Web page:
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The role of public participation in service delivery: a case of a selected township in the Cape Metropolitan Area, South Africa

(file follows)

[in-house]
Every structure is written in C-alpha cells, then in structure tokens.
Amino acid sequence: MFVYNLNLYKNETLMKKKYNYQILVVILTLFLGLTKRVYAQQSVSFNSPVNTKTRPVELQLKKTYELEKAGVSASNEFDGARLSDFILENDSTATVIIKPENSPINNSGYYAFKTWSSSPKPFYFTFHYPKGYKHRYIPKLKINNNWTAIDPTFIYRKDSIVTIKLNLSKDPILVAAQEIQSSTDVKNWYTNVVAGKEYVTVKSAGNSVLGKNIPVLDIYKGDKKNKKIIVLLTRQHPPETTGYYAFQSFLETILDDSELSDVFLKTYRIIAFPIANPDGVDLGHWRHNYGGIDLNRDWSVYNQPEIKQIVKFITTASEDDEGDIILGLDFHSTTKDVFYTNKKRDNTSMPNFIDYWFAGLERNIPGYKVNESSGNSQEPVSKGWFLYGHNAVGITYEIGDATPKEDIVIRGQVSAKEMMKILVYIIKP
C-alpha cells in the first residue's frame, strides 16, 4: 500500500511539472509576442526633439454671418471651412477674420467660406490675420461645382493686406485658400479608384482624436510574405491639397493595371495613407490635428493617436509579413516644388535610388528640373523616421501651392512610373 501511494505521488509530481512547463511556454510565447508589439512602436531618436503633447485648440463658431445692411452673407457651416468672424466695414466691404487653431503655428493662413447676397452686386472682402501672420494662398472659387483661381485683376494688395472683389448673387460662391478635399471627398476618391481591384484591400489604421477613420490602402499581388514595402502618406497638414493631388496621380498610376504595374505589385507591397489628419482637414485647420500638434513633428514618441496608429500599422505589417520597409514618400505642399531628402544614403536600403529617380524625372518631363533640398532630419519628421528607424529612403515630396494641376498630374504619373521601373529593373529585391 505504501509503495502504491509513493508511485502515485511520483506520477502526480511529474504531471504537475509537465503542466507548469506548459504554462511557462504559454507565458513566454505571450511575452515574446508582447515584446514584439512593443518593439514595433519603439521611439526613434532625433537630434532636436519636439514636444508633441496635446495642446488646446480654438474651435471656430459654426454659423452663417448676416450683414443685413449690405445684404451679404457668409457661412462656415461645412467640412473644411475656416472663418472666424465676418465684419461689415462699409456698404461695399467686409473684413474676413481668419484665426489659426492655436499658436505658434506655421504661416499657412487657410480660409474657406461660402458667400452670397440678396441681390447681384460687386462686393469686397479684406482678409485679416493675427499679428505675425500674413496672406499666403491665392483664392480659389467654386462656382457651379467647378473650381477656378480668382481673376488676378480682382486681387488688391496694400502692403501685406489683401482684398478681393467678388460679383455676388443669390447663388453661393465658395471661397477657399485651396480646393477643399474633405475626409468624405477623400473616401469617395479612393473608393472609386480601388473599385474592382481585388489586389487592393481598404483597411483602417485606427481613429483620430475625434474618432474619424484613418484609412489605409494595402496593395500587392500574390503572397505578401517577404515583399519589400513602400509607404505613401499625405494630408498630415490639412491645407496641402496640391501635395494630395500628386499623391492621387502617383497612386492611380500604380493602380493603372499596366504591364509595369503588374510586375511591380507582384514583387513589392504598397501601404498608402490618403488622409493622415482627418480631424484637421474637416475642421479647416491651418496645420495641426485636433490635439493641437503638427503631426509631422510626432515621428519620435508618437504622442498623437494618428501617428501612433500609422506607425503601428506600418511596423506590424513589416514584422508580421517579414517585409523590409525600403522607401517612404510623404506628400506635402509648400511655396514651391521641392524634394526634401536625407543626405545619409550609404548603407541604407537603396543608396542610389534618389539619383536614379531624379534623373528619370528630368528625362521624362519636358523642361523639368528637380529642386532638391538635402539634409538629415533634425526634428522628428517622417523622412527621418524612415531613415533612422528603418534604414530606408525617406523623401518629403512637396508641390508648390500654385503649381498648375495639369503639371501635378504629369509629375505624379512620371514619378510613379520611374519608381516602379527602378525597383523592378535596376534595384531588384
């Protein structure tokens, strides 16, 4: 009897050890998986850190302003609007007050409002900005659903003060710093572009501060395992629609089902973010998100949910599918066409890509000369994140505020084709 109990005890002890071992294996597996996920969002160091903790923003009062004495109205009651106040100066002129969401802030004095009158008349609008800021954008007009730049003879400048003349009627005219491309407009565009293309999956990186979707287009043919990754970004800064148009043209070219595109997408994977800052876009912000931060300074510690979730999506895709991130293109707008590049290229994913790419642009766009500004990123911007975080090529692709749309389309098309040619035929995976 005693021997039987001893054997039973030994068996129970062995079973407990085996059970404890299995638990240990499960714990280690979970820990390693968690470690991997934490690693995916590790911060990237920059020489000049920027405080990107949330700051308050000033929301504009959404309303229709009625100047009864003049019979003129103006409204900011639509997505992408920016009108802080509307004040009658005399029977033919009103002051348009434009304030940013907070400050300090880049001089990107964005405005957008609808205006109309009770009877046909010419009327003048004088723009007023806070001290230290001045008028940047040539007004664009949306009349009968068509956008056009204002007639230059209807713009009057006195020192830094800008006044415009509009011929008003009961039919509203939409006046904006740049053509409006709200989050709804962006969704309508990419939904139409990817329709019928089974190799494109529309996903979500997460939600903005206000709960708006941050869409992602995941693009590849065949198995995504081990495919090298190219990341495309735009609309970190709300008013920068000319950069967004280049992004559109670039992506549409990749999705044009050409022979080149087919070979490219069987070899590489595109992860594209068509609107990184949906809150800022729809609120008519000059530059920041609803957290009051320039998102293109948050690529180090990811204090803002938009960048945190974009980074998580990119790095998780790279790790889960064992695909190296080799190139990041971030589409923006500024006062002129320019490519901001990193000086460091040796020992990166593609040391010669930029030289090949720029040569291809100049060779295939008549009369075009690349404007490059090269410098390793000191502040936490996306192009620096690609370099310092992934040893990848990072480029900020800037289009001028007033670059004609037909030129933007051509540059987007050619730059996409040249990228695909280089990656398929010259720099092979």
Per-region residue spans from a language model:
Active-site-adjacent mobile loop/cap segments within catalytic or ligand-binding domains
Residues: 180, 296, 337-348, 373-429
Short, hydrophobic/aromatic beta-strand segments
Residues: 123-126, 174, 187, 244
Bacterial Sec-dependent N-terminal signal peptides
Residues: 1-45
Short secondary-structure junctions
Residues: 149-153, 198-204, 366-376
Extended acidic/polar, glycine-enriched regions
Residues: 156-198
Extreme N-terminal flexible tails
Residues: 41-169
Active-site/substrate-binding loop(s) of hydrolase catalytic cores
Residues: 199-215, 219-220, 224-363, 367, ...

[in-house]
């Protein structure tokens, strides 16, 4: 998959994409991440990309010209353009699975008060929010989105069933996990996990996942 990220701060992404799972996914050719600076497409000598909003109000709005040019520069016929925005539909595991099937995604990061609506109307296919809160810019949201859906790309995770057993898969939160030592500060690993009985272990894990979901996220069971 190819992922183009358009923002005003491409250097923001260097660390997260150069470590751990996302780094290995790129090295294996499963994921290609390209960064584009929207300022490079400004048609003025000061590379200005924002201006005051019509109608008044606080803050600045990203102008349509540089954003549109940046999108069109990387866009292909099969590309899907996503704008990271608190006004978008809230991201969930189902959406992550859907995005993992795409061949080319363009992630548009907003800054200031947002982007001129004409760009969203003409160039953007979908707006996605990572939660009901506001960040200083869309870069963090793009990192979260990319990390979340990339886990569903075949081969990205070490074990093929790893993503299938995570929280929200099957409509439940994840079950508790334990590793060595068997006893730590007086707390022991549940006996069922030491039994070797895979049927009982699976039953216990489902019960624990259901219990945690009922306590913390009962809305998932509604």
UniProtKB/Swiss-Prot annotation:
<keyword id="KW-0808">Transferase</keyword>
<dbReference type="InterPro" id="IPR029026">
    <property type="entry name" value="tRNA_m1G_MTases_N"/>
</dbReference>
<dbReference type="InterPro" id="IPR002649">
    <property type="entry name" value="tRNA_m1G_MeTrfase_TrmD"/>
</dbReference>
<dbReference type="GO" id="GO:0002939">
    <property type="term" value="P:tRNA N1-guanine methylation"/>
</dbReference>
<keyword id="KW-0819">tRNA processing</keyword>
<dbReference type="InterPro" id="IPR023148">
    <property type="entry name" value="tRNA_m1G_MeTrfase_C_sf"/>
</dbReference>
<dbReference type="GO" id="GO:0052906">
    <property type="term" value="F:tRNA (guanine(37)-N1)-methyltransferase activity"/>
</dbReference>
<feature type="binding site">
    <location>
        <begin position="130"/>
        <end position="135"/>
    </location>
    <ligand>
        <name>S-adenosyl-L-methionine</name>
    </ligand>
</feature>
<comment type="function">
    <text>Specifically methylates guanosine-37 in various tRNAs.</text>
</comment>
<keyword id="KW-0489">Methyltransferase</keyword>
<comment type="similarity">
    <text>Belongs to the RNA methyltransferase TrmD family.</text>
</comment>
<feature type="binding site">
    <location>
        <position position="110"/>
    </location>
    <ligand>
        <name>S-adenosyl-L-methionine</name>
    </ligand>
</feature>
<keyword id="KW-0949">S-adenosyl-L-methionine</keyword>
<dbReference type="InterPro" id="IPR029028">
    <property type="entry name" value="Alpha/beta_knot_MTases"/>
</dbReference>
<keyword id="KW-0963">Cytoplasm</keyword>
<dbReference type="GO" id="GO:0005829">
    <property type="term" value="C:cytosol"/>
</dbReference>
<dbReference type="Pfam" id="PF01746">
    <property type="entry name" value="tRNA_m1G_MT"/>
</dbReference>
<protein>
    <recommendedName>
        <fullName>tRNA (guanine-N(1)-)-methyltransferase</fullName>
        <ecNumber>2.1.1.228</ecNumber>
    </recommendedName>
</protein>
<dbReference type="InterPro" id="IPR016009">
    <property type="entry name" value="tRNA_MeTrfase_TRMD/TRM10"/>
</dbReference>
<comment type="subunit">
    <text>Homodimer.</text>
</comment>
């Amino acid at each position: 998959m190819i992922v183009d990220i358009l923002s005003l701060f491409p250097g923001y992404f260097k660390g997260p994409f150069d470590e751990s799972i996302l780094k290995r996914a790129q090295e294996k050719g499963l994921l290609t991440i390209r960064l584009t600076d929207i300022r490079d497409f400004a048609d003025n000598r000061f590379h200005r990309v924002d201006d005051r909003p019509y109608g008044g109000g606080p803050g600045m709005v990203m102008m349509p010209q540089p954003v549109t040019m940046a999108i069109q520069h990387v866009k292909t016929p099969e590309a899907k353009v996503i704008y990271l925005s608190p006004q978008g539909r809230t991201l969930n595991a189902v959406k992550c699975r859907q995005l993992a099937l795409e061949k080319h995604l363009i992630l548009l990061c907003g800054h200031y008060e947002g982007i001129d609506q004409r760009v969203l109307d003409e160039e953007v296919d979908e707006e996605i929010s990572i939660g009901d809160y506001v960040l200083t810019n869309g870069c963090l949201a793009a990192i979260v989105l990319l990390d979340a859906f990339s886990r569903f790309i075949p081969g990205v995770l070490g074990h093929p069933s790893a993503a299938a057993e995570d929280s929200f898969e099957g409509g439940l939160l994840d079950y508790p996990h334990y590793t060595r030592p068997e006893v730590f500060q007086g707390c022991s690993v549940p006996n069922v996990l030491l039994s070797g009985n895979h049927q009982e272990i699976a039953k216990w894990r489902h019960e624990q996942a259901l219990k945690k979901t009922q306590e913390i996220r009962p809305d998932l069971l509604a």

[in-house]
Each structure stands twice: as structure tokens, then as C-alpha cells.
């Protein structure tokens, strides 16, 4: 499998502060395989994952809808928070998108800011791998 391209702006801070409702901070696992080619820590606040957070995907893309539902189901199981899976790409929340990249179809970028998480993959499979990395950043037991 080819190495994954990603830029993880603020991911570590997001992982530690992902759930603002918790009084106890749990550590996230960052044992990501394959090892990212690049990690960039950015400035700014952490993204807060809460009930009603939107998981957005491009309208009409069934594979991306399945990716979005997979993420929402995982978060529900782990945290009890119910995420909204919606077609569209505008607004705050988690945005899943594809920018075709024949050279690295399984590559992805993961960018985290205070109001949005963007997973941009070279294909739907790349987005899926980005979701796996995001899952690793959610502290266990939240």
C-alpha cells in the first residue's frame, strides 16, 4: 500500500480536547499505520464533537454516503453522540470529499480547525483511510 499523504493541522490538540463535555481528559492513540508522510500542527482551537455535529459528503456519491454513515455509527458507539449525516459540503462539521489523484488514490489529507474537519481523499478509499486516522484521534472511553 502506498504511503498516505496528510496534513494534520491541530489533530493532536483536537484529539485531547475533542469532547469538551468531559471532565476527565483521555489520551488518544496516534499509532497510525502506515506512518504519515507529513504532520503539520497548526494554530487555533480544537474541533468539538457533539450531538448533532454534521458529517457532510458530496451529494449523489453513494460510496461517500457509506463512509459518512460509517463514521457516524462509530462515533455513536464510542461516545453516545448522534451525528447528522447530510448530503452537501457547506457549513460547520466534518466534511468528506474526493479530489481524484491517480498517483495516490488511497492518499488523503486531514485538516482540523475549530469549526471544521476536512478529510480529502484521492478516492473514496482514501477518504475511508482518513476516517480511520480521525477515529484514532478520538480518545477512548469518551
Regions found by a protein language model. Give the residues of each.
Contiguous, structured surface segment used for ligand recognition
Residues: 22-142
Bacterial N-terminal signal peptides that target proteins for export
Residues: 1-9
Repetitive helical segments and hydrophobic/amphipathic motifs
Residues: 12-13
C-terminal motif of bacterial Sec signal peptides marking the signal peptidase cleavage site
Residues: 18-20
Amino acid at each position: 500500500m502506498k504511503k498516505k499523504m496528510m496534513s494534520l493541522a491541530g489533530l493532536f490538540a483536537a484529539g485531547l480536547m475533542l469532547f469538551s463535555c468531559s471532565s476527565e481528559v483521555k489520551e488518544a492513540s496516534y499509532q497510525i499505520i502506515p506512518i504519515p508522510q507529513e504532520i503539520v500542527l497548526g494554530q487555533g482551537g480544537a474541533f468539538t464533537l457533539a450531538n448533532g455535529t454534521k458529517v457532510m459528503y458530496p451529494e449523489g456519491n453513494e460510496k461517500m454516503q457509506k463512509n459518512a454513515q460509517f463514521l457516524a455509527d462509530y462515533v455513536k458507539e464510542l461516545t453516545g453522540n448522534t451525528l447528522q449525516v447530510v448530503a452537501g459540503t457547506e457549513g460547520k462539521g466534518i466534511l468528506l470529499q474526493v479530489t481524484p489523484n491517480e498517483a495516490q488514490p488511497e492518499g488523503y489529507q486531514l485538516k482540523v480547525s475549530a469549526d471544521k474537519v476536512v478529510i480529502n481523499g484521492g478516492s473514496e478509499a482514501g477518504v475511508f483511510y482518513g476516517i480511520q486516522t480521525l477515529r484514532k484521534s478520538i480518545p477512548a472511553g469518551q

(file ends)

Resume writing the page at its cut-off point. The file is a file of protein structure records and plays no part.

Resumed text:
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Public participation in governance and public service delivery is increasingly pursued in a bid to improve the performance of government. Improving delivery of public services continues to be a key objective that has occupied the agenda of public administrators and researchers alike. Despite various legislative prescriptions, which encourage local community participation in service delivery initiatives, there is prevalence of a top-down approach when municipalities bring services to communities. This occurs when municipalities follow their own developmental priorities for communities and they do this without the consultation of the concerned communities. The main purpose of this study was to explore the involvement of communities in determining the infrastructure services that are delivered to them by government. The study was done in Khayelitsha, a township situated in the Cape metropolitan area in the Western Cape province of South Africa. A qualitative and quantitative methodology was employed in the study. It is relevant to the study and assisted the researcher to gain insight into the Khayelitsha municipality and understand the challenges caused by not involving the community in service delivery. The main findings reveal that the role of the community is not clearly defined during the process of service delivery resulting in poor public participation. Poor communication with communities also contributes to this problem and there is no formal collaboration between the community and the municipality. Thus, the study contributes to the existing body of knowledge on public participation and service delivery, as well as democracy. Furthermore, the study concludes that for the successful delivery of services to communities, it is essential that government officials comply with the legal prescriptions that are enshrined in the relevant legislation. In addition, communities should begin to own service delivery initiatives and protect their facilities from vandalism.